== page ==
● Secondly, they want to bring both sides of the conflict to the negotiation table and work on dealing with the factors fueling the conflict. This includes stopping foreign interventions and arms supplies, a demand that has been reiterated by the US administration several times and was mentioned by Perriello.
● Thirdly, they want to accelerate the humanitarian efforts to ensure the delivery of aid to address this critical crisis, especially in Darfur and refugee camps. That is why Perriello proposed April 18th, a few days apart from the humanitarian conference hosted by France on April 15th, as the date for resuming the Jeddah Platform talks. The conference in France will discuss relief efforts and ways to increase aid after the United Nations warned, on several occasions, that it has received only 4 percent of the urgent contributions it had requested.
In his first month in office, Perriello has shown clear enthusiasm for his mission, as expected. He began with an extensive regional tour and held several meetings with Sudanese civilian parties. However, if it hasn't already, the scale of the challenges to resolving this crisis and achieving the task at hand will soon dawn on him. Timing is another problem, as this is an election year in the US, and the Biden administration is busy with the wars in Gaza and Ukraine. Moreover, he does not have enough experience working in Sudan, and his task will be made even more difficult by the fact the US does not have an embassy in Khartoum to assist him anymore, as the embassy staff was spread among several capitals following the war.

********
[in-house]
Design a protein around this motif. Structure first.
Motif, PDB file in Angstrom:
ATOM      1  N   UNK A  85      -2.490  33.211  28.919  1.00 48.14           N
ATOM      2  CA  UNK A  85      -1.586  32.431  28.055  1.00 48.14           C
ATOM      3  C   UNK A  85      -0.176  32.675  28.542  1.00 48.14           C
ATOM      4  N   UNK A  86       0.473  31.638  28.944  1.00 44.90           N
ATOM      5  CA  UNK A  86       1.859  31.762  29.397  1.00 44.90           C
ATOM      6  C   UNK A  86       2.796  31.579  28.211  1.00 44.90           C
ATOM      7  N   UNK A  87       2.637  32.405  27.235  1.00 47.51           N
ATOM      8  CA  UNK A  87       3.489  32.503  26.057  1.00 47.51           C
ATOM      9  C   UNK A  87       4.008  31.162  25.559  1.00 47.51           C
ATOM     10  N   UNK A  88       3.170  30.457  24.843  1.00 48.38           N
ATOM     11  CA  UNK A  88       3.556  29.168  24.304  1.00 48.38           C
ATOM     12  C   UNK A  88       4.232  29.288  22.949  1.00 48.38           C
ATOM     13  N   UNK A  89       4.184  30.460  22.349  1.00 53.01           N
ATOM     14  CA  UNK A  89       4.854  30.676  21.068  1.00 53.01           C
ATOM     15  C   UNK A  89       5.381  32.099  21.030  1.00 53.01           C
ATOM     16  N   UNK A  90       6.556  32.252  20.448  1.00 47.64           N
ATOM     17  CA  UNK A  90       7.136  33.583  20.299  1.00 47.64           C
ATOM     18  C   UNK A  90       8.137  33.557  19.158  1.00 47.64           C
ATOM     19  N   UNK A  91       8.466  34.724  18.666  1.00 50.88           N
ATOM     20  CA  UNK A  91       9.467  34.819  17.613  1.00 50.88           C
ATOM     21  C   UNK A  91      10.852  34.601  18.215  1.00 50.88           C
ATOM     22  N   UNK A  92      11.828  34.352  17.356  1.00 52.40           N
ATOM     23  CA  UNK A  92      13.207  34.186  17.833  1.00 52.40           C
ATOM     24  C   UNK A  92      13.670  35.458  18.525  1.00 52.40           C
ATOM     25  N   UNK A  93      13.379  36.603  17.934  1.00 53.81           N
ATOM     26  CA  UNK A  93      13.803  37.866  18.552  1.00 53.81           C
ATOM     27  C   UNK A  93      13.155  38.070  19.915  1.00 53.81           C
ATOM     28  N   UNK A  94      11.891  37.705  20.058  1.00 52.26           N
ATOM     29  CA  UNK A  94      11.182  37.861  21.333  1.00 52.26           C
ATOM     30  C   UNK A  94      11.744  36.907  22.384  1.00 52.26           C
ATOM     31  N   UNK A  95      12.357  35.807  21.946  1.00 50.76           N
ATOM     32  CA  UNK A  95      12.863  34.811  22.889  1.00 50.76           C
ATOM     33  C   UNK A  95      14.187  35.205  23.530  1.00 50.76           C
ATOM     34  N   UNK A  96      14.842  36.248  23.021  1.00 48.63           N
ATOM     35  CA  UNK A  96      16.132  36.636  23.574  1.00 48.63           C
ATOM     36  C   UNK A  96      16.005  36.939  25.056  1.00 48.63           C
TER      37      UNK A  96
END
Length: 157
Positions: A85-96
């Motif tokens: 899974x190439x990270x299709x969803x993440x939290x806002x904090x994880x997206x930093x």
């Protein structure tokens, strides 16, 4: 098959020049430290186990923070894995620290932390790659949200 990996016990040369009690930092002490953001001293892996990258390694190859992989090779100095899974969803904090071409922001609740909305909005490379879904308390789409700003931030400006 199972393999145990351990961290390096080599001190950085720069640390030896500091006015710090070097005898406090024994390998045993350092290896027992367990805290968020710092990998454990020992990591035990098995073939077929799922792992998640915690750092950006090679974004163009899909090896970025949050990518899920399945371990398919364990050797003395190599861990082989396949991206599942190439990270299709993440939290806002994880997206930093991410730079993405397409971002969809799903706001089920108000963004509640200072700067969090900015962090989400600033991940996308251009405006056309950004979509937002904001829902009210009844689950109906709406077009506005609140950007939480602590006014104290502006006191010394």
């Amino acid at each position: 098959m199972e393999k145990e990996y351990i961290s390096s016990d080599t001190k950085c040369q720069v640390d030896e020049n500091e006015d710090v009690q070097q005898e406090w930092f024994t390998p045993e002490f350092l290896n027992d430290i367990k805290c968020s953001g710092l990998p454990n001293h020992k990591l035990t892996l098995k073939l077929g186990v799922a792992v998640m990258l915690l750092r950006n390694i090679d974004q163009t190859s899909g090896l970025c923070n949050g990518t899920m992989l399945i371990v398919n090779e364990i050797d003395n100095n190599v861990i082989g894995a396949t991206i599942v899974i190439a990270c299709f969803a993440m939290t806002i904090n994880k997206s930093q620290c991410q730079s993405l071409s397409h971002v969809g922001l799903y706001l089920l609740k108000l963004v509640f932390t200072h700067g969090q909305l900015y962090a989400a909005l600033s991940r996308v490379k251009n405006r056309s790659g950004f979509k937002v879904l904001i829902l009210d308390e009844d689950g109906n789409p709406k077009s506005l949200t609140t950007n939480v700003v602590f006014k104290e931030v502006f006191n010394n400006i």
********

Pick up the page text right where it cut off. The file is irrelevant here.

Congress is Perriello's biggest supporter. It has shown increasing concern for the Sudanese crisis. This concern was the reason the special envoy was appointed in the first place. The US Congress applied constant pressure on the White House and issued resolutions regarding the crisis. Last month, US lawmakers took the notable step of labeling the practices of the Rapid Support Forces and the militias allied with them in Darfur a "genocide" against particular ethnic and tribal groups, likening it to the events there in 2003 that compelled the George Bush administration to impose sanctions and for accountability and for these crimes. Clearly, Washington wants to use the threat of accountability and sanctions to pressure the parties in Sudan to complement Perriello's diplomatic efforts, in the hope that this will shorten the war to an end sooner.
Senate Foreign Relations Committee Ben Cardin voiced this sentiment in his address to the Senate this week. He told his fellow Senators that the US cannot remain silent about what is happening in Sudan and that it must take steps to end the war, urging the international community to take immediate action to address the humanitarian crisis and hold those responsible for war crimes accountable. Is this enough? Things are far more complicated. The Biden administration does not currently see Sudan as a priority, and Perriello's enemy is time in this election year. More importantly, the rift between the positions of the Sudanese parties seems to have grown wider over the course of this war, and much depends on what will happen on the battlefield in the coming weeks and perhaps days.